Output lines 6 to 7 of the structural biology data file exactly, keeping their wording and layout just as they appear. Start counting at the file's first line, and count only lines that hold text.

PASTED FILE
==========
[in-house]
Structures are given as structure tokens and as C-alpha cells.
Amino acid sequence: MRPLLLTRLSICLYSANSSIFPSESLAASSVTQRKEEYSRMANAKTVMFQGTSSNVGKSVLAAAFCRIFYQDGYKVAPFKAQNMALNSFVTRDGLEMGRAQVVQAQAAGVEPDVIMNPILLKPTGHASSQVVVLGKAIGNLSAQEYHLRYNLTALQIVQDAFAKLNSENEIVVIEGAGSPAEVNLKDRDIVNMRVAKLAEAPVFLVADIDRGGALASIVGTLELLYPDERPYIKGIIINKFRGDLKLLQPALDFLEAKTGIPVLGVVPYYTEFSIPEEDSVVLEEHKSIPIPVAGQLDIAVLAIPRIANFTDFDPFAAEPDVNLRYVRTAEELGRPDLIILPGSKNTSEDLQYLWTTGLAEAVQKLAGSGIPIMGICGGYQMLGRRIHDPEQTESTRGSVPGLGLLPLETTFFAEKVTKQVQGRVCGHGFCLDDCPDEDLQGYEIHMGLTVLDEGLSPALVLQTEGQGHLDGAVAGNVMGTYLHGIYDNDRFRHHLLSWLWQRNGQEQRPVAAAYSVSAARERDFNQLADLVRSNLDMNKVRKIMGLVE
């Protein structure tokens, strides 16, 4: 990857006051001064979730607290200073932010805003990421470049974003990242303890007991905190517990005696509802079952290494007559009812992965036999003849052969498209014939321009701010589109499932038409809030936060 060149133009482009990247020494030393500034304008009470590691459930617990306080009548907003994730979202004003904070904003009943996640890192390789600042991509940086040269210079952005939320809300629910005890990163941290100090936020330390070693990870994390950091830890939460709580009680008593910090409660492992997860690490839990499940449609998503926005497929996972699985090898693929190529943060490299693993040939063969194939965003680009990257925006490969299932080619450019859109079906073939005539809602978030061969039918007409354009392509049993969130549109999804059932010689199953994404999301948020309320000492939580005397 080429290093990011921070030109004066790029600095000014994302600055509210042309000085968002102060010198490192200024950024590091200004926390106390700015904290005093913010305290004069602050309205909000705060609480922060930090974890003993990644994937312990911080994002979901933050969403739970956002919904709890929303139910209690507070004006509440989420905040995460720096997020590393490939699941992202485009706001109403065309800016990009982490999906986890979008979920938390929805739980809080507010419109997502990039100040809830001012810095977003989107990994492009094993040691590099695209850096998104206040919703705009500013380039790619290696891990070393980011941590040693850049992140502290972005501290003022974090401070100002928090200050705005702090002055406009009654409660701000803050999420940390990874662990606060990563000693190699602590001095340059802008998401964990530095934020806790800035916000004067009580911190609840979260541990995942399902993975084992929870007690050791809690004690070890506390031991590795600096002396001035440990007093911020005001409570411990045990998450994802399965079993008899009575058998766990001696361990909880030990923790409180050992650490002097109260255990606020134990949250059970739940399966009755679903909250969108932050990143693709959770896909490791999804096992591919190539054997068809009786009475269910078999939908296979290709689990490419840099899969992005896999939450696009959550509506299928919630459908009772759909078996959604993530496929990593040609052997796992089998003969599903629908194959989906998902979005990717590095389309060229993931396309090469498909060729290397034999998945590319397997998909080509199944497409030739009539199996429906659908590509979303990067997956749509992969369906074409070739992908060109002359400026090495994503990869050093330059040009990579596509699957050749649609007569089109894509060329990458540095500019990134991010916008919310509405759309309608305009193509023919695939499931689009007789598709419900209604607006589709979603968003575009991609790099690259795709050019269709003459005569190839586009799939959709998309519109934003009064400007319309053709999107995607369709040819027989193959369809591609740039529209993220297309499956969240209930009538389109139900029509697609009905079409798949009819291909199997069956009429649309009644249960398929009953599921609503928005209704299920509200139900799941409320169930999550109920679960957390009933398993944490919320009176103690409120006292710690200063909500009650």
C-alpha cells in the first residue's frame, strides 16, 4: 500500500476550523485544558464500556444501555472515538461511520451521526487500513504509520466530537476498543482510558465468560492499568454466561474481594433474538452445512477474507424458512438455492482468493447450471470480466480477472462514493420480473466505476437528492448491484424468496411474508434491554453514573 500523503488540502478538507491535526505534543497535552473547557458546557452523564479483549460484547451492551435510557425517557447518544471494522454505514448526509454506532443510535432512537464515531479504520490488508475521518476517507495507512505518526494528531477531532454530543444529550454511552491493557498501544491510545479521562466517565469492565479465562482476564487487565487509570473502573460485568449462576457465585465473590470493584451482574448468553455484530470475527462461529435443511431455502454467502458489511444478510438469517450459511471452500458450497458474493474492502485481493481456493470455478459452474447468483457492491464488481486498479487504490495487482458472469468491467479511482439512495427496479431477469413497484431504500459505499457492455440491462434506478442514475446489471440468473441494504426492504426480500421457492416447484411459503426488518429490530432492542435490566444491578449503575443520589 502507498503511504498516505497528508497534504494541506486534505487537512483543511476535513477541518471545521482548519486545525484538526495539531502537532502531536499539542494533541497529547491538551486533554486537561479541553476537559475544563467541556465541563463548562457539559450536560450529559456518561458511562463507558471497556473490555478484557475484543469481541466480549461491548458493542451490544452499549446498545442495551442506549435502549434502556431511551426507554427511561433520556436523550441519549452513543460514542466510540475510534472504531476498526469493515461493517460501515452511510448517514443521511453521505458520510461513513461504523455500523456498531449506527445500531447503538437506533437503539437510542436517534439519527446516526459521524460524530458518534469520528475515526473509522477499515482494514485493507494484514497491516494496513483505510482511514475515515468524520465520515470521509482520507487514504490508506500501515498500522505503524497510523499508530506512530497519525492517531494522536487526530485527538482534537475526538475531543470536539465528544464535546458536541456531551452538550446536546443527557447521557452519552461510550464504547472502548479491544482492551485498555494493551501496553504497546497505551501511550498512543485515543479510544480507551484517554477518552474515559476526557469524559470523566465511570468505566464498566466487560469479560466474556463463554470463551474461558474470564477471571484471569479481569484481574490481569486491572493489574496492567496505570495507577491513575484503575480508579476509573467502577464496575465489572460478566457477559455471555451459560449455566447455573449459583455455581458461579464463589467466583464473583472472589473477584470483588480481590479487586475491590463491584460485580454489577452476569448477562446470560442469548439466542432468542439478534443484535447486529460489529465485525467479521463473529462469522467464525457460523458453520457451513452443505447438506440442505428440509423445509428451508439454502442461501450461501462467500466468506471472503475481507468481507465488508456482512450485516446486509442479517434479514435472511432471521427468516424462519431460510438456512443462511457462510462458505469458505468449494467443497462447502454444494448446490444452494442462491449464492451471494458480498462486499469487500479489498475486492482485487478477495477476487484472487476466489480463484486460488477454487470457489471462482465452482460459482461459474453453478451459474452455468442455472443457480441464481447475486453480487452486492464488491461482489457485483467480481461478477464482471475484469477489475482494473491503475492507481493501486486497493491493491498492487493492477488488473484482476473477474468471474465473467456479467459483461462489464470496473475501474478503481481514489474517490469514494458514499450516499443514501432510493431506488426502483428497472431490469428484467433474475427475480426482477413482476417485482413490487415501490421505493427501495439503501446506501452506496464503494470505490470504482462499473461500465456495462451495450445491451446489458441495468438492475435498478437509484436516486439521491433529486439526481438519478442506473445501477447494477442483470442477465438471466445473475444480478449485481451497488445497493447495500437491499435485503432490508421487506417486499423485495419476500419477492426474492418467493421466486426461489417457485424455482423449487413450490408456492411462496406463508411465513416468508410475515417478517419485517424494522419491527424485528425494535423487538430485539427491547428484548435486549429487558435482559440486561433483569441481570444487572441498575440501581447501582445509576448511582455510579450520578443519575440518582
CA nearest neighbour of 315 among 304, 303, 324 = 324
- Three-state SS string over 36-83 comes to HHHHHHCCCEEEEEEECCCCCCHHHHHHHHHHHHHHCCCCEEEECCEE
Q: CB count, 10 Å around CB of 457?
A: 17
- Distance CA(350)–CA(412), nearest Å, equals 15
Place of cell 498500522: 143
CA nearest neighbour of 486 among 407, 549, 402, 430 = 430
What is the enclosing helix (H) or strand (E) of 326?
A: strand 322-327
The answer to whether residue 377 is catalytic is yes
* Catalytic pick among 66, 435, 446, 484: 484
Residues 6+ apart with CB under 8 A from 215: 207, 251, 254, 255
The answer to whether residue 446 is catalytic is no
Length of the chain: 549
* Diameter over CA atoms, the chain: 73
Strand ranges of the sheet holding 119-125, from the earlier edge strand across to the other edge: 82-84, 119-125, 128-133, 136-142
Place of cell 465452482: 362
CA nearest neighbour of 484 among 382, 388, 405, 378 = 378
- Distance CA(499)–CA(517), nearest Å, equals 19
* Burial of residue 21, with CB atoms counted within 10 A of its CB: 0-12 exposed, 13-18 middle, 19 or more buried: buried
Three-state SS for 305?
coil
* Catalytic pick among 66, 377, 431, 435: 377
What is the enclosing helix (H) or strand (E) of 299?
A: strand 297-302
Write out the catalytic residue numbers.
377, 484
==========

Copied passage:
CA nearest neighbour of 315 among 304, 303, 324 = 324
- Three-state SS string over 36-83 comes to HHHHHHCCCEEEEEEECCCCCCHHHHHHHHHHHHHHCCCCEEEECCEE